Now led by 20-something Kim Jong-un, the third of his line to hold power, North Korea had planned to make 2012 the year in which it became a "strong and prosperous nation" and the launch was part of a program to burnish its credentials.
North Korea's rocket had no impact on Japanese territory, Japanese Defense Minister Naoki Tanaka said.
The United States, Britain, Japan and others have called the launch a violation of U.N. resolutions prohibiting North Korea from nuclear and ballistic missile activity.
The U.S. earlier canceled food aid when North Korea announced the rocket test, despite Pyongyang's February agreement to suspend all tests in exchange for food, NBC News reported.
U.S. military experts told NBC News that the best example of what the North Koreans were denied because of sanctions is advanced electronics for guidance systems, potententially contributing to the failure.
U.S. officials also told NBC News the failed rocket launch was a propaganda effort.
"That effort clearly failed and will have ramifications internally,'' an Obama administration official said.
"This launch was also a chance for North Korea to showcase its military wares to prospective customers," the official said. "The failure will make those customers think twice before buying anything.''
"Their efforts to draw attention to the program certainly seem to have backfired in this case," an official told NBC News. "Everyone will be watching closely to see how the government handles this first real test."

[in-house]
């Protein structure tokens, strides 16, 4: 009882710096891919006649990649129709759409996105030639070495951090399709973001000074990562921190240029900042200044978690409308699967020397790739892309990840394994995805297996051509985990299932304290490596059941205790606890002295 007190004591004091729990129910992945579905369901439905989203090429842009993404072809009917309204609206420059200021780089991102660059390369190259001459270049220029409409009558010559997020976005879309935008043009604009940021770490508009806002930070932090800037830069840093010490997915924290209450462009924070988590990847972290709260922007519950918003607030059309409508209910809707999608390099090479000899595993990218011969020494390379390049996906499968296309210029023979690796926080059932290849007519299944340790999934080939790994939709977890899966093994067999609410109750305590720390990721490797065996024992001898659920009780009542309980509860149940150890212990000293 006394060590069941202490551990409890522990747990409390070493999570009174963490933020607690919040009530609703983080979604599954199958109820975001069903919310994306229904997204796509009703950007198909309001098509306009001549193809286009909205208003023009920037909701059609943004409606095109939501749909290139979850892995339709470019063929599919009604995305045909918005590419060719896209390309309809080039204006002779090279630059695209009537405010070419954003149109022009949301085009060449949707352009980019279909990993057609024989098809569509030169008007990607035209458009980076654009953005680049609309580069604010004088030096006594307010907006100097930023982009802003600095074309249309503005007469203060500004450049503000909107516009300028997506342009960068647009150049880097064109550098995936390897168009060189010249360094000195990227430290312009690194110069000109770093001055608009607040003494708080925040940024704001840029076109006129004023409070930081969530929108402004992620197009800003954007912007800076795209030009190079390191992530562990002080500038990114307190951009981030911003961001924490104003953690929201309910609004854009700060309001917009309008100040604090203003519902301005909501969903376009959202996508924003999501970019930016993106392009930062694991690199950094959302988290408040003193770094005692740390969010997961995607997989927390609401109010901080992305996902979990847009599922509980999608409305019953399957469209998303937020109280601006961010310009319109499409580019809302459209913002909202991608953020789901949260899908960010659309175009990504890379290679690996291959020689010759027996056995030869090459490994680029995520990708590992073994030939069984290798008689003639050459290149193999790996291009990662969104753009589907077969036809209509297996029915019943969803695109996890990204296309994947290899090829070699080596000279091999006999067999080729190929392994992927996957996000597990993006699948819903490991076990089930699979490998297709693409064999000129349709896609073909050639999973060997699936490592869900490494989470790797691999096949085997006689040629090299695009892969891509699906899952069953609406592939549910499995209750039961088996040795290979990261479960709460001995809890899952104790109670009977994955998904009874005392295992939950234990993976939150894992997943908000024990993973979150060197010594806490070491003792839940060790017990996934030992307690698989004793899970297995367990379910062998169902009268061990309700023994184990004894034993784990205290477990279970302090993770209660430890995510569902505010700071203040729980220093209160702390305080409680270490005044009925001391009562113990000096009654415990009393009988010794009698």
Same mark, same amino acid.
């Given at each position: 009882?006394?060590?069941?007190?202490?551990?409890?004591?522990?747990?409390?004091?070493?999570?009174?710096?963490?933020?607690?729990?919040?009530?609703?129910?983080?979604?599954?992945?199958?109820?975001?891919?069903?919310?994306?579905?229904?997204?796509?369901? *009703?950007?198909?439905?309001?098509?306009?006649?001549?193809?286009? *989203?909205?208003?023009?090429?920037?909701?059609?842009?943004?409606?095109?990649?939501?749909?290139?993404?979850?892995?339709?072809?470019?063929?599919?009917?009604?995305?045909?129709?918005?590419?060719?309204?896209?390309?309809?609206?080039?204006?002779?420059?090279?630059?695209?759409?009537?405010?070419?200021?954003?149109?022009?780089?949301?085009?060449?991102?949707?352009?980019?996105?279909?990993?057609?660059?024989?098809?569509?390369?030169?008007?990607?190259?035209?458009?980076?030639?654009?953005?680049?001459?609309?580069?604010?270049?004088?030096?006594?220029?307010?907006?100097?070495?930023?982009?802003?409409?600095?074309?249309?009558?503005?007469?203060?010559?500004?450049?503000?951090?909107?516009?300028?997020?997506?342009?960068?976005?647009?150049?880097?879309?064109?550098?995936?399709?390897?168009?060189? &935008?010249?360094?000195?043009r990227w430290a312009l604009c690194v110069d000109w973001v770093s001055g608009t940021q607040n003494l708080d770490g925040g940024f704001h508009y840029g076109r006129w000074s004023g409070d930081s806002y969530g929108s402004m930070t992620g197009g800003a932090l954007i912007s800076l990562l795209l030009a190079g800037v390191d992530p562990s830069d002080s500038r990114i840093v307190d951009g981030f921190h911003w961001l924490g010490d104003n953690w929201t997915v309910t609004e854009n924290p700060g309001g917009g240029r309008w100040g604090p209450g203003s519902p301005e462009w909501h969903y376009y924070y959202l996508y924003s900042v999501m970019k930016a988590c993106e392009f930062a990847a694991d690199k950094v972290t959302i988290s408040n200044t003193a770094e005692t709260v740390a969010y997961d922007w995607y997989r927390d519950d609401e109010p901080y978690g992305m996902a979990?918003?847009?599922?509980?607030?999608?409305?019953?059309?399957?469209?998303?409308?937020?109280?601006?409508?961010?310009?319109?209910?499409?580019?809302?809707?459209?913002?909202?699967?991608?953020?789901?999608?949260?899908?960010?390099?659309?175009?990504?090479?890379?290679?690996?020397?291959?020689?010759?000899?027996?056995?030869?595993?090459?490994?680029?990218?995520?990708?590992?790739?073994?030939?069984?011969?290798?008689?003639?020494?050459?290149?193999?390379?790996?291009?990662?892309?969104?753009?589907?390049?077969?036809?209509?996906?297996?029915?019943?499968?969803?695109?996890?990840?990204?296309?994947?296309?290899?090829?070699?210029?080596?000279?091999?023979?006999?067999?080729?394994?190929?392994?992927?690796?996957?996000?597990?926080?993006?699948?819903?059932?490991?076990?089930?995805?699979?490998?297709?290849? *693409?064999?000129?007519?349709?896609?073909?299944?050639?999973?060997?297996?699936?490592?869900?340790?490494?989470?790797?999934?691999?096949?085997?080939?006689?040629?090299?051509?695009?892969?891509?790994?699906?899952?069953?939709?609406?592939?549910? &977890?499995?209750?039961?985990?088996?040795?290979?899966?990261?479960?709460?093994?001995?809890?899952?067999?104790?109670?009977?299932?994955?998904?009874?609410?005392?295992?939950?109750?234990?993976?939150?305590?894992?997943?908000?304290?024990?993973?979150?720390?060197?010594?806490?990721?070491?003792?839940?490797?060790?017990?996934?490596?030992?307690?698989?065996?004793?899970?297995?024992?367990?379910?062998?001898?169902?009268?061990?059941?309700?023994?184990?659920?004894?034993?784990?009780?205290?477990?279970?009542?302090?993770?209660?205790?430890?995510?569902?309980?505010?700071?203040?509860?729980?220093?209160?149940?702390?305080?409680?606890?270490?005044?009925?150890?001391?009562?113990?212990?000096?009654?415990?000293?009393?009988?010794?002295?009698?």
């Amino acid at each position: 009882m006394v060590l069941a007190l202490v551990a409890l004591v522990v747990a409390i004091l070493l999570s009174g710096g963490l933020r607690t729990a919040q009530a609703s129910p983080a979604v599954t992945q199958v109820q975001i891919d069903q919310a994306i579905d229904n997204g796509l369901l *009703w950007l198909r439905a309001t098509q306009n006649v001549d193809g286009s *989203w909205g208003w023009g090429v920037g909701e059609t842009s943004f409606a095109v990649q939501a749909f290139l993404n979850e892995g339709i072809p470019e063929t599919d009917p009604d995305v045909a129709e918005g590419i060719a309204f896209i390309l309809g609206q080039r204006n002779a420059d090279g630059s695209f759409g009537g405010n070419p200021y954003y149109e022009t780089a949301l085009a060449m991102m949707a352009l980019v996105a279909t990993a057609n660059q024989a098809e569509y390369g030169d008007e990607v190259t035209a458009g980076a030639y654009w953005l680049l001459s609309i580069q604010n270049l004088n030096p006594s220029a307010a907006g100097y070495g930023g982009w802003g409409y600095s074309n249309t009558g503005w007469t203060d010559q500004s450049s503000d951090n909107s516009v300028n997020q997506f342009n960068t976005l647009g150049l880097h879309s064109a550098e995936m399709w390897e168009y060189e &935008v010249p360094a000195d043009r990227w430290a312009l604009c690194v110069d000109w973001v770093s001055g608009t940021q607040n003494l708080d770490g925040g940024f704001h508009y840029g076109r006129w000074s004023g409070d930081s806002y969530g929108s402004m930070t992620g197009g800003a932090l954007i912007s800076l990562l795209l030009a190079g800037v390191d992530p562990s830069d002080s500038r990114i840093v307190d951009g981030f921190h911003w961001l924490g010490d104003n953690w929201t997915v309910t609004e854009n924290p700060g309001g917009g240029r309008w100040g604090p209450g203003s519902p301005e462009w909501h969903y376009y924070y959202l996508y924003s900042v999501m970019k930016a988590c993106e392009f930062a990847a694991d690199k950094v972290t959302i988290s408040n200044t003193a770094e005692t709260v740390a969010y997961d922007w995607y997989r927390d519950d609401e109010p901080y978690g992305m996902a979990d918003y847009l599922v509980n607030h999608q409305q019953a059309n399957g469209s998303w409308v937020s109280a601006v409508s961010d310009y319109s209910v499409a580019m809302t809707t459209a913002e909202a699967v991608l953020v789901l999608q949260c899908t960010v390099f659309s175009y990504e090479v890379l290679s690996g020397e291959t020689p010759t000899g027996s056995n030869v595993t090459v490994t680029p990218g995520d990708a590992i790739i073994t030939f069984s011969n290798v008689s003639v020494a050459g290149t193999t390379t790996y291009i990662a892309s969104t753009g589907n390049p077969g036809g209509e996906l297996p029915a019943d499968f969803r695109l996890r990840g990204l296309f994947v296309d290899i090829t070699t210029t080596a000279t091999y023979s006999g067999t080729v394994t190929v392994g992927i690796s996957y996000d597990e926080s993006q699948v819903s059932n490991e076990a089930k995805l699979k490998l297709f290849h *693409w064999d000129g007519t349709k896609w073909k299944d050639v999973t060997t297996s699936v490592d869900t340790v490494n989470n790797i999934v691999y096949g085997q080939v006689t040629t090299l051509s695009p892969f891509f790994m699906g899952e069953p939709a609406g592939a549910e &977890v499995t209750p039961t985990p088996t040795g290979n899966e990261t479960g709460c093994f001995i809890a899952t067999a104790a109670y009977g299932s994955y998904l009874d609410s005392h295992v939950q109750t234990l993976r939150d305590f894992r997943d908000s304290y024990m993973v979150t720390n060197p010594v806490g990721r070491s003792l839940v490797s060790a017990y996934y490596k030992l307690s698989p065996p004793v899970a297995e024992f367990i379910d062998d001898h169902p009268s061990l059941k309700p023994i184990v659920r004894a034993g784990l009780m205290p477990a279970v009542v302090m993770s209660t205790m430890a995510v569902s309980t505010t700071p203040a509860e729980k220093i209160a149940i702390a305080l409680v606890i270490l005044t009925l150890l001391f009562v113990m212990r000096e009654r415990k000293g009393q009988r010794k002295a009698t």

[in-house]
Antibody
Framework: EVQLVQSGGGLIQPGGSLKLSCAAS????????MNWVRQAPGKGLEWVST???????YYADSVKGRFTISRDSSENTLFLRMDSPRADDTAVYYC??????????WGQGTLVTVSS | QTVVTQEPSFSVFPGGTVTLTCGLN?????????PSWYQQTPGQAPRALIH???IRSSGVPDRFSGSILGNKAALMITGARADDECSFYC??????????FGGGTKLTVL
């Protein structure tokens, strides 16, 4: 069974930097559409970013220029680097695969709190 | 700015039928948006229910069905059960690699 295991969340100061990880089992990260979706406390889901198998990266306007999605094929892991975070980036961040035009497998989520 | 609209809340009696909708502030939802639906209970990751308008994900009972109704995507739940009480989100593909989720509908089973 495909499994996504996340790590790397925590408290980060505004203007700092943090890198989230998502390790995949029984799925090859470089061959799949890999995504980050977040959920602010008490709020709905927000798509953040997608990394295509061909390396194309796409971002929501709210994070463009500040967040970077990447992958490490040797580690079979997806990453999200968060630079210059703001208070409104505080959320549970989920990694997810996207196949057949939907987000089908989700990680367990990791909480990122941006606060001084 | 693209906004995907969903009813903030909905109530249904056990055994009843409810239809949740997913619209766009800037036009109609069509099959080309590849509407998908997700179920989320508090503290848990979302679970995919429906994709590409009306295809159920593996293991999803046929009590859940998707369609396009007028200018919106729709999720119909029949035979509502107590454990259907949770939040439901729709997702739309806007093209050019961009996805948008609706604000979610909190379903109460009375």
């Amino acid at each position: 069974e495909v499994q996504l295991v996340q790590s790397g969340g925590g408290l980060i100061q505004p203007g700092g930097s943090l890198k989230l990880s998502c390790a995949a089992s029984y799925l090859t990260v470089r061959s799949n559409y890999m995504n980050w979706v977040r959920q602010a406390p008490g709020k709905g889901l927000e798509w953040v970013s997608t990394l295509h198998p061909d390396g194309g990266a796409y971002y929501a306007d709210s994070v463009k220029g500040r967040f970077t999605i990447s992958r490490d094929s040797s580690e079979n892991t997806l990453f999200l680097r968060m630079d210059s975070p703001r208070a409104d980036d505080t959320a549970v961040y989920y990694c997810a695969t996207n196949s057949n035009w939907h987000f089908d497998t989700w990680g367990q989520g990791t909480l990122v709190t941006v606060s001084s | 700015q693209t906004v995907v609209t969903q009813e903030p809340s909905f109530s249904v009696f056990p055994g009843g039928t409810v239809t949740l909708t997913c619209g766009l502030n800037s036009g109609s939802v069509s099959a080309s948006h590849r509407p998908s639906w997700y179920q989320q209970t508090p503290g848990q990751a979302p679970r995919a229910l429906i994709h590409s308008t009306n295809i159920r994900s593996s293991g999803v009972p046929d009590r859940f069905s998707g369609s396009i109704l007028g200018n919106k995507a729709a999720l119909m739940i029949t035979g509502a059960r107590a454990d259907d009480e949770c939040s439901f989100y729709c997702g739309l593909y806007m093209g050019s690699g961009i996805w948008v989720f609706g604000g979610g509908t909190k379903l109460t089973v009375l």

US officials say an attempted rocket launch in North Korea ended in failure when the rocket broke up shortly after launch. NBC's Bob Windrem reports.
Earlier Thursday, Secretary of State Hillary Clinton said after meeting with Group of Eight foreign ministers that the U.S. would go to the U.N. Security Council to seek action. U.S. Ambassador Susan Rice is the rotating president of the Security Council and controls when to call a meeting.
The U.N. Security Council planned to meet 10 a.m. EDT Friday to discuss the launch, diplomats said.
Rep. Howard P. "Buck" McKeon, R-Calif., chairman of the House Armed Services Committee, said, "Predictably, diplomatic overtures with North Korea have failed once more, and now an avowed enemy of freedom, with a new and unpredictable leadership, possesses nuclear weapons and is testing their capability to strike long-range targets, including the American homeland."
He called for more investment in U.S. national missile defenses.
This article includes reporting by The Associated Press and Reuters.
More from msnbc.com and NBC News:
Phone hacking lawsuits to be filed in US courts
Drug smuggler needed: Mexico cartels, US battle in classified ads
Blind author's work recovered by forensic experts after her pen ran dry
N. Korea official says Thursday rocket launch unlikely
Follow us on Twitter: @msnbc_world